Huffington Post: TekSavvy warns Canadians it has received requests for personal info
Independent Internet Service Provider TekSavvy has announced that an American film studio is demanding personal information of its Canadian customers – a motion that follows recent changes to Canadian copyright law. In response, TekSavvy is taking a stance that aims to protect Canadian privacy – stating that it will not provide personal information without a court order. Help encourage this protection of Canadians' privacy in making the switch to an independent ISP at OpenMedia.ca/Switch. Join us in becoming a monthly contributor to OpenMedia at OpenMedia.ca/Allies. Article by Daniel Tencer for Huffington Post An independent internet service provider popular with tech geeks in central Canada is warning that it has been asked to hand over personal information about customers in advance of a potential file-sharing lawsuit, and it’s telling its customers they may want to lawyer up. Chatham, Ont.-based TekSavvy says it has received a request from Hollywood production company Voltage Pictures to identify the people behind 2,000 IP addresses which the company presumably suspects of unauthorized file-sharing.
Though TekSavvy says it doesn’t know exactly what Voltage plans to do with this information, it’s likely a prelude to a file-sharing lawsuit.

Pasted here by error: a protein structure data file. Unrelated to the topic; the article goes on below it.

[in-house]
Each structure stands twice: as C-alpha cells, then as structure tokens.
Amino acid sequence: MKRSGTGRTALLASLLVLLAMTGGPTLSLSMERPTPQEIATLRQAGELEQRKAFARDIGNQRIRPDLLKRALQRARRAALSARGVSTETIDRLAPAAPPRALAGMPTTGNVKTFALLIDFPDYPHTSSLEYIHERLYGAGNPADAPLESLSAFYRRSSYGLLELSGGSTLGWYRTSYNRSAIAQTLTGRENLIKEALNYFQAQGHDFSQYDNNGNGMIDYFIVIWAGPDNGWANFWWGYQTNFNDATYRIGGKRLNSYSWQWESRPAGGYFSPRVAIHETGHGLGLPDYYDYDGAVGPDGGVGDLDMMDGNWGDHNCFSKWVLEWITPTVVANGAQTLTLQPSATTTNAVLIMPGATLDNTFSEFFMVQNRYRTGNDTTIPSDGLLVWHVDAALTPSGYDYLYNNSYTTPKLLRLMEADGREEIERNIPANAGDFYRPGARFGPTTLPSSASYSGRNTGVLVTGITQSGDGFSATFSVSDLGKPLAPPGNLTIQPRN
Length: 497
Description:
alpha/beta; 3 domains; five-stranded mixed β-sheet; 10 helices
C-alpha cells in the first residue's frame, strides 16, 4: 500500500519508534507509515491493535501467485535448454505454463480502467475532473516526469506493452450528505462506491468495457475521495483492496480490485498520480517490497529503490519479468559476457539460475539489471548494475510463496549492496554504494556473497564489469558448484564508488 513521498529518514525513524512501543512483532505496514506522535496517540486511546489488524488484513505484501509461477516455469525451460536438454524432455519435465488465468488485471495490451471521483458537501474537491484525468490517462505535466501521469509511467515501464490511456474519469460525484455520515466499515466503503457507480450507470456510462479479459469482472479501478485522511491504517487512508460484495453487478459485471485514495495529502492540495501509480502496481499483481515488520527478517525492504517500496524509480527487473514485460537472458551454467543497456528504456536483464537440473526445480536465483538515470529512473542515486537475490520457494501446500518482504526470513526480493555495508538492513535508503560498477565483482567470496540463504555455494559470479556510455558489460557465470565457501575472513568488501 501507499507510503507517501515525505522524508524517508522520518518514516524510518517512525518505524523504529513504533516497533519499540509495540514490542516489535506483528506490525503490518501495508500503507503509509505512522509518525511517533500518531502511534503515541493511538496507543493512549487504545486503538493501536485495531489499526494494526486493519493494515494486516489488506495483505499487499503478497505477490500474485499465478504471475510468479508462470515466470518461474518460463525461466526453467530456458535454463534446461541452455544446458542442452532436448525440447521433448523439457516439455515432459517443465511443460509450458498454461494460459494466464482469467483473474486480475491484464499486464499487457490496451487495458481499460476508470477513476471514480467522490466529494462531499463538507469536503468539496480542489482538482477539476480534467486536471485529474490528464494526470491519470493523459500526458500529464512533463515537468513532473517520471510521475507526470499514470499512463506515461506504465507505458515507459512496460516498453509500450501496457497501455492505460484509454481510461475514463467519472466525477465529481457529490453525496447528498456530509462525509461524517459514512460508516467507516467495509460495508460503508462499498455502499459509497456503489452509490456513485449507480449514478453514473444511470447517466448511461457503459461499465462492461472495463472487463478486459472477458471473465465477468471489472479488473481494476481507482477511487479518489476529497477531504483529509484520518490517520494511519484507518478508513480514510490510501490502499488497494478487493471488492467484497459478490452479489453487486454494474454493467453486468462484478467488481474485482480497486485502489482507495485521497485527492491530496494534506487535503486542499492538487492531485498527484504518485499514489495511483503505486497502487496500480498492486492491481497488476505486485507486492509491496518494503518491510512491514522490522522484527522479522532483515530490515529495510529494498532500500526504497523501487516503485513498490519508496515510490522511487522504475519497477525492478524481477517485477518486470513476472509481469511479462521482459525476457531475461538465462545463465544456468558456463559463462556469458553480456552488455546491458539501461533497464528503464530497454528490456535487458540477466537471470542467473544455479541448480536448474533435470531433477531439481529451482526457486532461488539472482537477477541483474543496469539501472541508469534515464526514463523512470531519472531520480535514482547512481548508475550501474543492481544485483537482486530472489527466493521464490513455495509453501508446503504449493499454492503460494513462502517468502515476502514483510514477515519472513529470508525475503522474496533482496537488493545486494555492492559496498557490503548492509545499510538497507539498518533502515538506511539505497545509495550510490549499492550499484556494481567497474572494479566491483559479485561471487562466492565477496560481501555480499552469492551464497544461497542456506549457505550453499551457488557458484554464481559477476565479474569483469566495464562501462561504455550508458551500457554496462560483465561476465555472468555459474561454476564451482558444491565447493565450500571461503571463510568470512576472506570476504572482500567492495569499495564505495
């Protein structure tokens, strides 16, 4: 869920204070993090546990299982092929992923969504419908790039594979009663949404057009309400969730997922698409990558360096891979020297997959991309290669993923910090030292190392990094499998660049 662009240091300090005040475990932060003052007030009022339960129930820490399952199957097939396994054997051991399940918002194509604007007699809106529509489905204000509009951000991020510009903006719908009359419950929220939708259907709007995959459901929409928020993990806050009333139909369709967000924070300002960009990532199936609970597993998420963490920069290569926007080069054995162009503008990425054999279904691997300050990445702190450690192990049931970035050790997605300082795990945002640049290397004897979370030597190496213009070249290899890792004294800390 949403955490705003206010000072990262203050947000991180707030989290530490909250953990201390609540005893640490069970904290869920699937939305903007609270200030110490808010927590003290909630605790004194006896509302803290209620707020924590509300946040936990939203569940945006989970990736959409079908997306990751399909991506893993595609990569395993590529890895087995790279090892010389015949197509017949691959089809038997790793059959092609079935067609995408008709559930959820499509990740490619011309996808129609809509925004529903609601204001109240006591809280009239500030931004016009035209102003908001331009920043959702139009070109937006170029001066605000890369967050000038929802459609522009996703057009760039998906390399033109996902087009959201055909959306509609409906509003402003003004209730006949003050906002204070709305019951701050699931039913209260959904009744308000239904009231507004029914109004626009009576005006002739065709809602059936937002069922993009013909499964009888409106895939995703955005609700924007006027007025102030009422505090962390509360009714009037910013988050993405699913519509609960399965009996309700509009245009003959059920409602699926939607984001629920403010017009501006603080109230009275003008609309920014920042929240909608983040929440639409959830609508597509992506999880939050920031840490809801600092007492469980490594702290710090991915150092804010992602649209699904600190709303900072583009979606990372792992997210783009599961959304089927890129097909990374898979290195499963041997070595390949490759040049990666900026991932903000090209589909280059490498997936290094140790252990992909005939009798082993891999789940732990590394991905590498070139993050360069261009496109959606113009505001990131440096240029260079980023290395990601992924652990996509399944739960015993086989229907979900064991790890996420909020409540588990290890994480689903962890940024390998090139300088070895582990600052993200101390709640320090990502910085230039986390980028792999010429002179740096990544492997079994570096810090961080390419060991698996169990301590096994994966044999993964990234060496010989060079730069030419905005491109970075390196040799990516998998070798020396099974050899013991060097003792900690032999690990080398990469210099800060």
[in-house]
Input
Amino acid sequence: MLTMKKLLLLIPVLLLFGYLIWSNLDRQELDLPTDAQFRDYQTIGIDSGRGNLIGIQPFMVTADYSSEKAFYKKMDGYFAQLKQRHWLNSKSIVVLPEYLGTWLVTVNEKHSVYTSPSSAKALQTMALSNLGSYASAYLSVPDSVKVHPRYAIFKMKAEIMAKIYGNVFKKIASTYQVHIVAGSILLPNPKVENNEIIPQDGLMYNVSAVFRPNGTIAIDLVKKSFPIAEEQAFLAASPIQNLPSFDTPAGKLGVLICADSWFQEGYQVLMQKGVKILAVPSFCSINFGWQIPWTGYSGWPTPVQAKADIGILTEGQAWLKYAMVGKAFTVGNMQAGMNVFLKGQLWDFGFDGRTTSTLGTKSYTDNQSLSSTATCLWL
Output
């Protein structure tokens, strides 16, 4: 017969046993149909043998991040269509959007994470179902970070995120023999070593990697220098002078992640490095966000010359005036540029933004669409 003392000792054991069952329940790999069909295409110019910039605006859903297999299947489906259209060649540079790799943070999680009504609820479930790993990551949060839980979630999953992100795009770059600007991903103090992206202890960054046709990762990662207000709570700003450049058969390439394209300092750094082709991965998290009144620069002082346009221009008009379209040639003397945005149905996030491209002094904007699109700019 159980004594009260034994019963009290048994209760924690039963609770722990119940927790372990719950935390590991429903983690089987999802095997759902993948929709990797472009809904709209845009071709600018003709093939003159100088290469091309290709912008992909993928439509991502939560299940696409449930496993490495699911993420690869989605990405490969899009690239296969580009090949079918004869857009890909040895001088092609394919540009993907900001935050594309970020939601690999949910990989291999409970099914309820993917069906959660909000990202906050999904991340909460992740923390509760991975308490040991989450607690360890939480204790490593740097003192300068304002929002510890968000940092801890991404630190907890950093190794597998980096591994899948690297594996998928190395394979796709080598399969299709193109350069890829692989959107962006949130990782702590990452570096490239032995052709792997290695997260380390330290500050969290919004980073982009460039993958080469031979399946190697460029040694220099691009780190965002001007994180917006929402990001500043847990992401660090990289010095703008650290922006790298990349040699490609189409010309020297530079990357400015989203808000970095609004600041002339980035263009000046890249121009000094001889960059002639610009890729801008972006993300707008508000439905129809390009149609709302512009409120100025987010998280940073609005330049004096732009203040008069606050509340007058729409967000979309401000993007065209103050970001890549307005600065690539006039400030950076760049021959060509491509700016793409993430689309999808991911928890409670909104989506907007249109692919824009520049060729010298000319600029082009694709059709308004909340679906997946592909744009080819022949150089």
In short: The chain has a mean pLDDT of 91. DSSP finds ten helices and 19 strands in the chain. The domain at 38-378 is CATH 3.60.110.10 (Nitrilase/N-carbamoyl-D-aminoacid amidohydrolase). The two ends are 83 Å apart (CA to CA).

Voltage last year launched a lawsuit against alleged unauthorized sharers of its movie The Hurt Locker, one of the first of this kind of lawsuit in Canada. Court records show the lawsuit was abandoned earlier this year, after the film company sent out settlement requests to individuals targeted in the suit.
“This is unknown territory for Canadians,” TekSavvy CEO Marc Gaudrault said in a statement. “We have retained legal counsel to help us through the process and ascertain our rights and obligations as an ISP. If you are caught up in one of these actions, you may wish to seek legal advice respecting your own rights.”
In an email to the press Monday, TekSavvy’s tone suggested it will stand up for its customers.
“We will not provide information on customers to a third party unless ordered by a court,” spokesperson Tina Furlan told The Huffington Post. Read more »
Read more at The Huffington Post
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